Alison Gopnik, professor of Psychology at UC Berkeley, talks about the crucial age during which the brains of children evolve into adult brains. She also explains what parents can do to ensure the transition is seamless.
Read the full transcript »

Well it seems as if there’s a really big switch between 5 and 6. And of course it’s funny because in or culture, we talked about that age group is pre-schoolers versus school age children. Of course school is a very recent invention. But if you look across lots of cultures, something happens around 6. So the baby say, we’ll move from the mother’s quarters to the children’s quarters. Or kids use to start becoming apprentice, being apprentices when they're about 7. So losing your first tooth seems to be a big marker of this transition. And it think what happens is that, that kind of transition. Of course it’s starting 4-5 and then continuing is really a transition from a creature that’s mostly designed to do this very broad base learning to a creature that’s starting to develop the specific skills that are going to be important as an adult. So by the time he get to 7, 8, 9 year olds, they can actually work. I mean, they can actually do things. They can actually do things that are productive and helpful. And they're starting to get those narrow, more narrow. Maybe I think to say, it’s not just more narrow but more specialized. So in some cultures, our culture really values a very, very narrow focus of attention. That’s what we teach kids to do in school. In other cultures, what they’ll do is teach kids to do things like shift attention from one thing to another very easily. The important thing is that in all cultures, you go from this early very, very wide ranging attention which is like infants do. And here's the intentional strategy that is important to do the things that you needed to do in this culture. Sometimes it can be the narrow focus that we have in our culture. But in other cultures as I say, it might be, if you're hunter for instance, it might be how to pay attention to lots of different things at once in order to hunt more effectively Do American. You know, what can we do to make them do it better? And I'm afraid I think the answer to it is pretty boring which is, have lots of care givers around who love them a lot and have lots of stuff around for them to play with. And let them play without worrying too much about whether they're getting academic skills or they're making a mess. One of the things I say is, from an evolutionary point of view, probably the ideal rich environment for a baby has includes more mud, livestock, and relatives than most of us could tolerate nowadays. But I think, some pigs, a lot of dirt, bunch of uncles and cousins. That’s probably pretty good environment for babies to grow up in. but if you can't manage that. Then, a lot of cardboard boxes, bean plants, gold fish. The kinds of things you see, in fact. Sand boxes. The kinds of things you see in really great pre-schools. But when I say that, it sounds very boring. But no, here's one important thing, we know from the science that the thing that kids learn from most is other people. And particularly other people who are dedicated to taking care of them. and in most places in times in human history, babies have had not just one person, but lots of people around who were really paying attention to them around dedicated to them, cared them, or related to them. And I think the big shift in our culture is the isolation in which many children are growing up. So in fact, if we really wanted to make babies smarter, what we would do is make sure that 20% of them are growing up in poverty, make sure that even middle class parents aren't so insane because they're working so hard that they can't spend time with their kids. Make sure that pre-school workers are actually paid more than dog catchers. So the thing that’s most important is having people who are involved and engaged with the kids and also are not stress and can be involved with them. And that’s actually not boring. That actually takes a lot of work to make that happen. And it’s not something in our society does very well.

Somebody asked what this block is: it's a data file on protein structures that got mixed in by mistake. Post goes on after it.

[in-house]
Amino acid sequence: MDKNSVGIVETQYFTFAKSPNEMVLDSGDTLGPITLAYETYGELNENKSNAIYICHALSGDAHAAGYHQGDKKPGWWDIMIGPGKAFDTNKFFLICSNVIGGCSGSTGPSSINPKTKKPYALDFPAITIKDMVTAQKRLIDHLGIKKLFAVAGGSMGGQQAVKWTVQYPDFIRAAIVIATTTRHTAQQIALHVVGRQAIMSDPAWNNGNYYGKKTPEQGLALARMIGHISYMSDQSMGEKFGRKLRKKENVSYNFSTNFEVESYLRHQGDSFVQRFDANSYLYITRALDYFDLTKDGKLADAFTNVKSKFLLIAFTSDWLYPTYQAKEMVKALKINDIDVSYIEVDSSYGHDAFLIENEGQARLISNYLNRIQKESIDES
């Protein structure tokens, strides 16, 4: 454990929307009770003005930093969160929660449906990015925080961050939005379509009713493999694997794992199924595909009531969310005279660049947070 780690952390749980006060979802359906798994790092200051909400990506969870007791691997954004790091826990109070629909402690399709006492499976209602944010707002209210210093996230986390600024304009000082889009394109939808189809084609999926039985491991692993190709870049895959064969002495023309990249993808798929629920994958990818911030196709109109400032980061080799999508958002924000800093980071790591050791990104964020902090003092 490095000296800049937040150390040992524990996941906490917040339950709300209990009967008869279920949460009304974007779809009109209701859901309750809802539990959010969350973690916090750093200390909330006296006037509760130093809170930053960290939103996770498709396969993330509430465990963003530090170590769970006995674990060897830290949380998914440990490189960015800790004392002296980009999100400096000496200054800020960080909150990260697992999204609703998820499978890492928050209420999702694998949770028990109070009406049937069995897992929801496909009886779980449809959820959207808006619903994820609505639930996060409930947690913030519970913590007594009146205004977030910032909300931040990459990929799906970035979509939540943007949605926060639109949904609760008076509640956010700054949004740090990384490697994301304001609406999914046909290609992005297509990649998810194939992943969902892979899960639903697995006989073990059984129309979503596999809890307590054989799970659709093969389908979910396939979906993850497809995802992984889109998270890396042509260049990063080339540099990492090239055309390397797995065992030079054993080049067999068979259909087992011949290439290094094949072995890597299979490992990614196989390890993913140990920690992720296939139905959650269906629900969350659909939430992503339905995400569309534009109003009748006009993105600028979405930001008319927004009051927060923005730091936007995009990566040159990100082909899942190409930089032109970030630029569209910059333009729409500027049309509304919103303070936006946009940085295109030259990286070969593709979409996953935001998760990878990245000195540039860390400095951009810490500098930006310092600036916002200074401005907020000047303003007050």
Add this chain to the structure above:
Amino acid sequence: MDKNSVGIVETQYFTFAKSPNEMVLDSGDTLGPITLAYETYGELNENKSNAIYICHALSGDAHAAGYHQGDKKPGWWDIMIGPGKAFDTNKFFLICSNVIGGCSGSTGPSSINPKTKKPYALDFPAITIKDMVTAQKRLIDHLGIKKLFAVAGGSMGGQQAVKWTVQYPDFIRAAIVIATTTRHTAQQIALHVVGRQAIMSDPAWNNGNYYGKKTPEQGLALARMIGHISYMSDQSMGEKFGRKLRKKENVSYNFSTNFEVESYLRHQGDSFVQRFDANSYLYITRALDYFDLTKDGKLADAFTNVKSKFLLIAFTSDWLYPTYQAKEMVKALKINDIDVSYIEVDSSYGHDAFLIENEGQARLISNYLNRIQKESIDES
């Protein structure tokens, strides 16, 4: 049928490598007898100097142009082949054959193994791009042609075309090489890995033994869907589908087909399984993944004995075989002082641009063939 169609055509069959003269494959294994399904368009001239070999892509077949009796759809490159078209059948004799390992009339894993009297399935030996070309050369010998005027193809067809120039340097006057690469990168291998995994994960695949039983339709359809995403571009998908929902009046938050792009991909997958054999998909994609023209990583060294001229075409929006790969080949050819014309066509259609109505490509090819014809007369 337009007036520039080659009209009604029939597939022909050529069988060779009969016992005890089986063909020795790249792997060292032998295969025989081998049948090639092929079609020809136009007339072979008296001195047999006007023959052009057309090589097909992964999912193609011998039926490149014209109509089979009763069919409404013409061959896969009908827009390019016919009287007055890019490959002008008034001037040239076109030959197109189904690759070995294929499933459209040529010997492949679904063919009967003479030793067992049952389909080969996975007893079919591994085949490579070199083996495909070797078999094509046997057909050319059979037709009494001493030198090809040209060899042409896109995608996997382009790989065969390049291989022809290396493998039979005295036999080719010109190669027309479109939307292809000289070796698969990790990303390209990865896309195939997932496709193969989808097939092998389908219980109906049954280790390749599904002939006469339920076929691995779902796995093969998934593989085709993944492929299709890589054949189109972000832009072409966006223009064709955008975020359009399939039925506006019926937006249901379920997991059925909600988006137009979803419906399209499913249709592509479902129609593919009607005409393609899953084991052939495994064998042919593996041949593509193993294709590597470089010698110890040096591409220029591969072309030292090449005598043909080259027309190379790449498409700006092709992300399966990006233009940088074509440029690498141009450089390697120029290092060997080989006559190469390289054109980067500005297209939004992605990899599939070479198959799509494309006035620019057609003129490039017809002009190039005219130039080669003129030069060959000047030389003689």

Advertisement
Advertisement
Advertisement